Jindal, the Indian titanic miner sounded warning bells to the market about its plans to develop a mine in Mmaphashalala area which is in the heartland of Mmabula coalfield to power both domestic and international demands.
The oriental outfit is also involved in myraids of local and regional programmes including the development of the mine, building of 300 MW power plant at the sites—that will be connected to Botswana Power Corporation (BPC) grid—and acquisition of railway line to Nakala seaport in Mozambique.
“We have a mining licence and the current government is planning to put up a railway line to Mmamabula,” Neeraj Saxena head of Jindal Botswana said in an exclusive interview.
“On the ground the engineering work has started, “ the man who runs out his top range battery iphone twice a day added.
In late November the BPC awarded the company a tender to build a power station in Mmaphasalala and its mining activity is expected to yield 4.5 million tonnes of coal.
Botswana has over 2 billion tonnes of coal resource that can be exploited for the development of the country as the British did around the 18th Century to kick-start the first Industrial revolution with the introduction of the first coal powered locomotive.
“The contract (is) for the design, finance, construction, ownership, operation, maintenance and decommissioning at the end of its economic life … of a 300MW net greenfield coal-fired power plant in Botswana as an Independent Power Producer,” the notice from the BPC read.
The project is expected to cost P 13 billion at its completion. The company has an impressive war chest of P 234 billion. Botswana will have three colliery mines; Morupole, Masama coalfield near Lentsweletau and Mmaphashalala.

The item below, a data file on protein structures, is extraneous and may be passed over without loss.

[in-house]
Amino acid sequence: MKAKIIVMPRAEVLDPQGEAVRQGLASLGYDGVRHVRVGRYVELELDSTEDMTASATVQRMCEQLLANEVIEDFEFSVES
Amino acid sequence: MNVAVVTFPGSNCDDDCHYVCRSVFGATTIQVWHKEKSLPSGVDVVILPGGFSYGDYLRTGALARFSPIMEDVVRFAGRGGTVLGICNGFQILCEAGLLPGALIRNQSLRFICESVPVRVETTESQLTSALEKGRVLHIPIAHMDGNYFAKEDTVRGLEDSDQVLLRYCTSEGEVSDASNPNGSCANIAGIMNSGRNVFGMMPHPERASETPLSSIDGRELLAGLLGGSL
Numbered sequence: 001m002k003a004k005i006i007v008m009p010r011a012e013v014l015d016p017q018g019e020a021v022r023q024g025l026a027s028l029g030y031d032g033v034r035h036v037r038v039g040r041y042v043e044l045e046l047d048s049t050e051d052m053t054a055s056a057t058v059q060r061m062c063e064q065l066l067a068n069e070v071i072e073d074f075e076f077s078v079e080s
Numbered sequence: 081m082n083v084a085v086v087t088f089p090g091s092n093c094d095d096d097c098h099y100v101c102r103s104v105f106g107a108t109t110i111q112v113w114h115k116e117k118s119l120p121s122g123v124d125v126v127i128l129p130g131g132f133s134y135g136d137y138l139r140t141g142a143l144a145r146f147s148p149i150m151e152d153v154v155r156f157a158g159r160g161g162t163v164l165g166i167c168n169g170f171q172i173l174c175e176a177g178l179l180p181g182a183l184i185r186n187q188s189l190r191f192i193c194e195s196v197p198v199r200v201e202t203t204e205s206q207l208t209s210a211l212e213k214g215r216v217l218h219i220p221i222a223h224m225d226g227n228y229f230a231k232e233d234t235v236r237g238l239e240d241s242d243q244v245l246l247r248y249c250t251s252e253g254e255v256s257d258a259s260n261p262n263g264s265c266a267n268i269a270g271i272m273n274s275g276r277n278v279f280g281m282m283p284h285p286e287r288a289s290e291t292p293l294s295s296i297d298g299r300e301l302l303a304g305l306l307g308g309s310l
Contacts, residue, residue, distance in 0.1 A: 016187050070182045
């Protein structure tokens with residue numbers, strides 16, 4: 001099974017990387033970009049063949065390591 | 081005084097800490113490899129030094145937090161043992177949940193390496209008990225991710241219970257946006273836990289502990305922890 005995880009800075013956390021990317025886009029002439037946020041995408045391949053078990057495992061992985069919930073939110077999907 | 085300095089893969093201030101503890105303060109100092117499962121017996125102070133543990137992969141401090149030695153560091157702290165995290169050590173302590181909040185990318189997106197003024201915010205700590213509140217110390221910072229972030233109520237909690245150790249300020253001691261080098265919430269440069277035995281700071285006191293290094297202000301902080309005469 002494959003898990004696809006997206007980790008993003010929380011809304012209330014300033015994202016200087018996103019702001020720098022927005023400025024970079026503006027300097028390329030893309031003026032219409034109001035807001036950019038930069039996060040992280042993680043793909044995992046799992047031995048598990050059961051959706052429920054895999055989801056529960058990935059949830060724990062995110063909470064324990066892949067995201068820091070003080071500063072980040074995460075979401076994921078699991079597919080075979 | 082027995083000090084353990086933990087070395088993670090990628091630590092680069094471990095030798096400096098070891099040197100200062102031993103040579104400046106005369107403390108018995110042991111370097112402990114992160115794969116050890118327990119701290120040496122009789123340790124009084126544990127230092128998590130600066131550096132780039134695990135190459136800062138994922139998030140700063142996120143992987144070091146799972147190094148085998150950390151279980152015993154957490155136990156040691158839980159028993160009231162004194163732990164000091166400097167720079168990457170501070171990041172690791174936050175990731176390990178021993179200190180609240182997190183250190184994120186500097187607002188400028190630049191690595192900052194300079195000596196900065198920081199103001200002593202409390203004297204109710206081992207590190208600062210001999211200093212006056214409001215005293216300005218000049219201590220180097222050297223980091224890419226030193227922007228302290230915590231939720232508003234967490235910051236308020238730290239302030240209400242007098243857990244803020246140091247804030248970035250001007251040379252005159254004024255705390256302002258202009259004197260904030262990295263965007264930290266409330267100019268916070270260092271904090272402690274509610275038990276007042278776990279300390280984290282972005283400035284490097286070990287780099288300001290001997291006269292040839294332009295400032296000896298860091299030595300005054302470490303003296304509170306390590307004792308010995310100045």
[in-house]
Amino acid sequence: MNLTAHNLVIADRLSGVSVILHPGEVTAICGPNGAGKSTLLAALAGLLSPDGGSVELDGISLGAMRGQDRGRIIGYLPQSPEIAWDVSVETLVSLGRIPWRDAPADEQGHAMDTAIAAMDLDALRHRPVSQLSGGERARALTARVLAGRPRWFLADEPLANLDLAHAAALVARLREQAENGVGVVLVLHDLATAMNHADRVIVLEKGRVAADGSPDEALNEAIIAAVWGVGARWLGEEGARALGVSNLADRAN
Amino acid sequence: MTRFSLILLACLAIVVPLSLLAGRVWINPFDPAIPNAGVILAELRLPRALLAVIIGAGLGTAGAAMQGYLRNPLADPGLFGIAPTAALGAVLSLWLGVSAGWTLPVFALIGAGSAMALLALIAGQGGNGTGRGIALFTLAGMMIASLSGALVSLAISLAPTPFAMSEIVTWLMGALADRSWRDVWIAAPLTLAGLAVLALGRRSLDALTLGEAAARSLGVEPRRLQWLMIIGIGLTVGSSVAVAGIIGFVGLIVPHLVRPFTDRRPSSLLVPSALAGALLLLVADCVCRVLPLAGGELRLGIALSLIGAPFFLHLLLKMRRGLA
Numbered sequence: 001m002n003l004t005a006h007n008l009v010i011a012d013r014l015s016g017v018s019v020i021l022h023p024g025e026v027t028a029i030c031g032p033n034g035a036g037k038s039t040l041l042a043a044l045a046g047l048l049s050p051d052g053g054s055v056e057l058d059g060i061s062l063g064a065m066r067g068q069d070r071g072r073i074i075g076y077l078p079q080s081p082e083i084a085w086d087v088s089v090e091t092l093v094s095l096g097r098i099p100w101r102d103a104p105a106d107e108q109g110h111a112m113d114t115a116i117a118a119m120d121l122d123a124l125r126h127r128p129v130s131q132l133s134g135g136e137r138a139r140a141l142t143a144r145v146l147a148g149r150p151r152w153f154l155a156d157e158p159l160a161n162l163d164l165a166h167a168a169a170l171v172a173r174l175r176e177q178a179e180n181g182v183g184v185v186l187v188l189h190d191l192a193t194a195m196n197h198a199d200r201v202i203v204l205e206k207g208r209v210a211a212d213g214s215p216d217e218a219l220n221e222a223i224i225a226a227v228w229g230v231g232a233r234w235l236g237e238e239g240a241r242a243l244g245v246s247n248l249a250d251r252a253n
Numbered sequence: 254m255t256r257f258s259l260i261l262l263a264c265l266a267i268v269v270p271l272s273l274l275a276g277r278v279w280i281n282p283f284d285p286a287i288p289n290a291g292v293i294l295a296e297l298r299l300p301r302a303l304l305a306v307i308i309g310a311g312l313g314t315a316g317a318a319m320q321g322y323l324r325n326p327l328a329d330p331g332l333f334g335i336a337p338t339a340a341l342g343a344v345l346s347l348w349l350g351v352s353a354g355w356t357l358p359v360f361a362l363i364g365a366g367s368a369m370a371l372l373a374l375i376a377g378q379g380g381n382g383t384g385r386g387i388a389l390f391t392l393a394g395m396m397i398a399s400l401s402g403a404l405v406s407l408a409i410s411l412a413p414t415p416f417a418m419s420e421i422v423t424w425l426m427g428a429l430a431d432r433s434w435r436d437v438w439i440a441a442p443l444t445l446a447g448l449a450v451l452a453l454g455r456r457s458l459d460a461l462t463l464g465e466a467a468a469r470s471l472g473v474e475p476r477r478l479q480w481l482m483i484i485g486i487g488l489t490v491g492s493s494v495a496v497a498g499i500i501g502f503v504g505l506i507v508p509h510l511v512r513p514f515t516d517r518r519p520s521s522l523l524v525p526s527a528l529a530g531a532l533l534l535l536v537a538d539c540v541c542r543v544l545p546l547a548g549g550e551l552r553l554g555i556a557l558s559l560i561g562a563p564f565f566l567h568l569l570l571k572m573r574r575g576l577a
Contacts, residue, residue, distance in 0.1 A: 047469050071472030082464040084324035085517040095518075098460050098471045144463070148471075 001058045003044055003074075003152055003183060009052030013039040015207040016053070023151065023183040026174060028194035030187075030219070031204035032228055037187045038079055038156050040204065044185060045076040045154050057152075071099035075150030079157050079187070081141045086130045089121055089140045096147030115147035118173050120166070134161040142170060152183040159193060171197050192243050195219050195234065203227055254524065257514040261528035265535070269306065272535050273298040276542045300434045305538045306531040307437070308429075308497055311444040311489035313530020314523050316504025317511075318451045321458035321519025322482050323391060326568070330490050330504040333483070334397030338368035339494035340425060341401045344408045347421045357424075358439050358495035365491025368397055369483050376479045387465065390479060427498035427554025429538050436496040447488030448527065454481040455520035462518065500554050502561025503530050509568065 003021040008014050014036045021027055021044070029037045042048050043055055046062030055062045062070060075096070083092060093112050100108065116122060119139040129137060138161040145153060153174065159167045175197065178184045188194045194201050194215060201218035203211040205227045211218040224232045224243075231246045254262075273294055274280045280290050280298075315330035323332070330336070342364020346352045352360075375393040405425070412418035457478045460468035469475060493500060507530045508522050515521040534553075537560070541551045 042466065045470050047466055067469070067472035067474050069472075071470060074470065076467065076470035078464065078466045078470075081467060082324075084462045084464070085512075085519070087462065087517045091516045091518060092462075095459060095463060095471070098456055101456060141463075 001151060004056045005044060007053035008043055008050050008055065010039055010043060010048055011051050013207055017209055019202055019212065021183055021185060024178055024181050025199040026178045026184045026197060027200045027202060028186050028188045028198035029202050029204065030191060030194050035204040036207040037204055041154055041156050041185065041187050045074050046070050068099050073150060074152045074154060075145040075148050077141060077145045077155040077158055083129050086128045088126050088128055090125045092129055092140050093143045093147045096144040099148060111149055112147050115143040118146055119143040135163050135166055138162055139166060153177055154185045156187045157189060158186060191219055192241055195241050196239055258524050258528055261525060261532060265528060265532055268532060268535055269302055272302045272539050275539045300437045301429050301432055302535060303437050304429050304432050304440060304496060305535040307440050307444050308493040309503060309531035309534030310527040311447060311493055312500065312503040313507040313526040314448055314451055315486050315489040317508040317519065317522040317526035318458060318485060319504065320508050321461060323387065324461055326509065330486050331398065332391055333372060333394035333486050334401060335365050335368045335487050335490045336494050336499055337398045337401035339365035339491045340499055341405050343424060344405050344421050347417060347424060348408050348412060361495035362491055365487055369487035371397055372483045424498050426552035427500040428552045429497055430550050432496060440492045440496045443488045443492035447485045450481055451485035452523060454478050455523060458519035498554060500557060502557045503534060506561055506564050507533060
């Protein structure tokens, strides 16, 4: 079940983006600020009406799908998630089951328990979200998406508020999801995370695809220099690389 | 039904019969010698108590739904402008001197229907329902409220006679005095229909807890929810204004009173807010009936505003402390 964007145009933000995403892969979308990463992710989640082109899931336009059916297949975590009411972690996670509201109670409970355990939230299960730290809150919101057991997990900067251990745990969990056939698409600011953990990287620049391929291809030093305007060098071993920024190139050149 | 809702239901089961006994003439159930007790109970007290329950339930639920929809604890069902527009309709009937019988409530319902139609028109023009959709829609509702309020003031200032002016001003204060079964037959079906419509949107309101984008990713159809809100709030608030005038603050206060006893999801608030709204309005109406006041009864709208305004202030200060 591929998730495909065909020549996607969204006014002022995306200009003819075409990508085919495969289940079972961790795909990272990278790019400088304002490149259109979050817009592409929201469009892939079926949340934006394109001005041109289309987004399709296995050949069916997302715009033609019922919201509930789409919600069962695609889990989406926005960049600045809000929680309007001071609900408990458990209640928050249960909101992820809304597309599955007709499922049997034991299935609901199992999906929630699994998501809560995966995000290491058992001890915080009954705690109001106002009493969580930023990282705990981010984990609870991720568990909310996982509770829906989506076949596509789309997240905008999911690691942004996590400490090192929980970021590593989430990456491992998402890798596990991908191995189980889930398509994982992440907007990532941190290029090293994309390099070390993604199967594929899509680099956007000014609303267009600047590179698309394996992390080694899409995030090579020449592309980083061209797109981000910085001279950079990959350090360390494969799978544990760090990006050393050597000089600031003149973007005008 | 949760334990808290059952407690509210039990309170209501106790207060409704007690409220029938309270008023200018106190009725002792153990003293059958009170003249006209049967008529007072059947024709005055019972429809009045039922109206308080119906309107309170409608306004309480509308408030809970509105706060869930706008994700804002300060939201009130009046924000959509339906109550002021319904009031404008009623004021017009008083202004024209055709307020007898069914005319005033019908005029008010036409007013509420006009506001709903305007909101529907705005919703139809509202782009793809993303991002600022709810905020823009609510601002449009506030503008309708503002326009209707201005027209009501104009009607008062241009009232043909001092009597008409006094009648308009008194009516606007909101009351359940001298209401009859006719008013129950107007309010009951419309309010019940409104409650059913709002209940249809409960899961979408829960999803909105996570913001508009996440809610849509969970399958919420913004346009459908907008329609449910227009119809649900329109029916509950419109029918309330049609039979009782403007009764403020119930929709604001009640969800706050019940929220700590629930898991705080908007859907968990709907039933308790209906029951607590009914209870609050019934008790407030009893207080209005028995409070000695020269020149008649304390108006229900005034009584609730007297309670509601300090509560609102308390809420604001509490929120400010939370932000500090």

“We are writing a book and we are still at the first page and the first paragraph,” said his ivy league lawyer, Rizwan Desai, who used to be the chairman of Botswana Stock Exchange as he tries to be economic with details regarding the deal.
Jandal has been bullish on the project and it bought a railway line between Zimbabwe and Nakala seaport of Mozambique- to be exclusively used by them. The railway line is intended for the export of coal to the international markets which also includes the 1.3 billion people of the Indian market.
“The quality of Botswana coal is very good. We are going to develop it for both domestic and the export market,” Saxena said.
He said there is pent up demand of Botswana coal in neighbouring South Africa.
To improve the quality of its coal for export market Jindal is planning to have a coal washing plant to reduce the Sulphur in its product. The development comes at a time when the western world is clamouring for the ban of fossil energy but they backtracked after the geo-politics between Ukraine and Russia disrupted energy supply chain in the middle of a blistering winter.